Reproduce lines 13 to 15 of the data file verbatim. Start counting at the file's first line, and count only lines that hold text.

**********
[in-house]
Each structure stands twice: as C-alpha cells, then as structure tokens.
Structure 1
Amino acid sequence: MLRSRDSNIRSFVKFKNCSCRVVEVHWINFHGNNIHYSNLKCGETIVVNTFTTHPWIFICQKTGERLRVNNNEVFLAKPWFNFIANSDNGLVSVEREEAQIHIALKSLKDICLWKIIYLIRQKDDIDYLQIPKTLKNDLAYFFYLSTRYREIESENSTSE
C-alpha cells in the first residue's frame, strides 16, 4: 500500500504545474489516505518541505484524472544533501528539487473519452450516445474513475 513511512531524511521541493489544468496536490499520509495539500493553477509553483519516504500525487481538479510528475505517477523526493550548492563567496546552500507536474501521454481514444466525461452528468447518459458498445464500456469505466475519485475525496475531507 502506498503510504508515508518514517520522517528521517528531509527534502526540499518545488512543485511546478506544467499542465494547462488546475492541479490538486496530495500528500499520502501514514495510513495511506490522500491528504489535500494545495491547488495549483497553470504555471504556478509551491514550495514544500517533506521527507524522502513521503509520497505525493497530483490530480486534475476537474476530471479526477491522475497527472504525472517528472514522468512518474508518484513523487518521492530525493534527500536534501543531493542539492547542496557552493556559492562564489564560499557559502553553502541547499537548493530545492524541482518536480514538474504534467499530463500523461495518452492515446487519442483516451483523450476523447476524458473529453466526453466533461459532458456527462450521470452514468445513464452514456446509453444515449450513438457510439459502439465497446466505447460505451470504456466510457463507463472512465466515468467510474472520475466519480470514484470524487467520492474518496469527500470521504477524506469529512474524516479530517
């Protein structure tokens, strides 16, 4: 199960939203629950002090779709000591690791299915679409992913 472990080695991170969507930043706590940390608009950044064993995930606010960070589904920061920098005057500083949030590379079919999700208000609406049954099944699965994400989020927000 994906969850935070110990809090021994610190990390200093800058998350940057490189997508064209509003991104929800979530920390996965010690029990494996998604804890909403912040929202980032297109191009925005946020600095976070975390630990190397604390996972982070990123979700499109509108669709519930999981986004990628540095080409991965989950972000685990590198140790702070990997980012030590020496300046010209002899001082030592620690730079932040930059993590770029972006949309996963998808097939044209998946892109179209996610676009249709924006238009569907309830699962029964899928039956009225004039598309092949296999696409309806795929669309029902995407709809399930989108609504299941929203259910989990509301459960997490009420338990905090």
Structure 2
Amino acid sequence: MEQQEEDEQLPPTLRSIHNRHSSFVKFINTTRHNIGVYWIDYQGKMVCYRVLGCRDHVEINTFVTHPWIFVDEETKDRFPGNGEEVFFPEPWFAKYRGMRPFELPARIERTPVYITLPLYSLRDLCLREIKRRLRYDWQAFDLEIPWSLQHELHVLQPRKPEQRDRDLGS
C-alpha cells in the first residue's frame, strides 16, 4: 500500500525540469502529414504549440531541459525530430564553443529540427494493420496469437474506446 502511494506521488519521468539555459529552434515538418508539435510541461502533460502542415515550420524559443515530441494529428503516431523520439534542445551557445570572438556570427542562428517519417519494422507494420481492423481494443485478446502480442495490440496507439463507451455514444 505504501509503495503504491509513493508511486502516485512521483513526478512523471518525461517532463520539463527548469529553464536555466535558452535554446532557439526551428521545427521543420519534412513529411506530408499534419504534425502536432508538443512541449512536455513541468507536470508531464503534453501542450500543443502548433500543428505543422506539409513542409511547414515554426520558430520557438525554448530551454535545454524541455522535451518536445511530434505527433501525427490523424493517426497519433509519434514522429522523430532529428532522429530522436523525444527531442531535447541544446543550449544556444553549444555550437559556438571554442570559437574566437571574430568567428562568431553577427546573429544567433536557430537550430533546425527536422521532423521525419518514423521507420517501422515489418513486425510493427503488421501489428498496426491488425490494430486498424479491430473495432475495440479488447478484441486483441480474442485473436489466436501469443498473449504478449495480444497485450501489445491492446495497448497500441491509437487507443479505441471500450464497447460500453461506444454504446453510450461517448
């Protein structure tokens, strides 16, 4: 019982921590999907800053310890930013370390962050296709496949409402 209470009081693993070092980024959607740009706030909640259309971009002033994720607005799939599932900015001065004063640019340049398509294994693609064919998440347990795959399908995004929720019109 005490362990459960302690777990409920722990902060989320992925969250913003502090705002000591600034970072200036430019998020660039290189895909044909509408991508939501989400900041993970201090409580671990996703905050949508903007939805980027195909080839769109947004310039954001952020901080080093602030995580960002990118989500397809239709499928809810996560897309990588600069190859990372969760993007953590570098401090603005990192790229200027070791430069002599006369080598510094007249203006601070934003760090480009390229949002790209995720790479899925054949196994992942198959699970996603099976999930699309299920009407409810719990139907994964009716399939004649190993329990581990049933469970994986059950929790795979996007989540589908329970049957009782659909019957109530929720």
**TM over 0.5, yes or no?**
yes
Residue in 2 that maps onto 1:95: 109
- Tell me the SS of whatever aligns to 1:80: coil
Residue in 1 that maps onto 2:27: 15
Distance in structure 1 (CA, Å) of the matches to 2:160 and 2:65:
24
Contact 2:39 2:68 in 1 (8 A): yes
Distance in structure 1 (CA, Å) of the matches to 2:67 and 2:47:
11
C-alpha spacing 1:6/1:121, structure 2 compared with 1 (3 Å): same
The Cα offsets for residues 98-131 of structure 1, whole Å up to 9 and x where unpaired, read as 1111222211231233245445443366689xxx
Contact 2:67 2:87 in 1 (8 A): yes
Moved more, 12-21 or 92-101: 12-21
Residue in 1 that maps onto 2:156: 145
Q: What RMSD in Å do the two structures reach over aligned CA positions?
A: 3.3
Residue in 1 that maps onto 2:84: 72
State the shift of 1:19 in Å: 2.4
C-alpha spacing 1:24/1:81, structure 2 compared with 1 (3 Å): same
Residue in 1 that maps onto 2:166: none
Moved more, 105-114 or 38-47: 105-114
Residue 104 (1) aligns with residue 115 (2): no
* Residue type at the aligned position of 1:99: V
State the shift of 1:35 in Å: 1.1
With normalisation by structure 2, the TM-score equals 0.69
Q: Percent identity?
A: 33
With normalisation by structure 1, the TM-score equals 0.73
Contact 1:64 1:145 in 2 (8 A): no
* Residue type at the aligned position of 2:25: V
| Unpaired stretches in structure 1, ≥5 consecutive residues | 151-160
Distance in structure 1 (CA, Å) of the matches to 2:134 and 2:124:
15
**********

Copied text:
Residue in 2 that maps onto 1:95: 109
- Tell me the SS of whatever aligns to 1:80: coil
Residue in 1 that maps onto 2:27: 15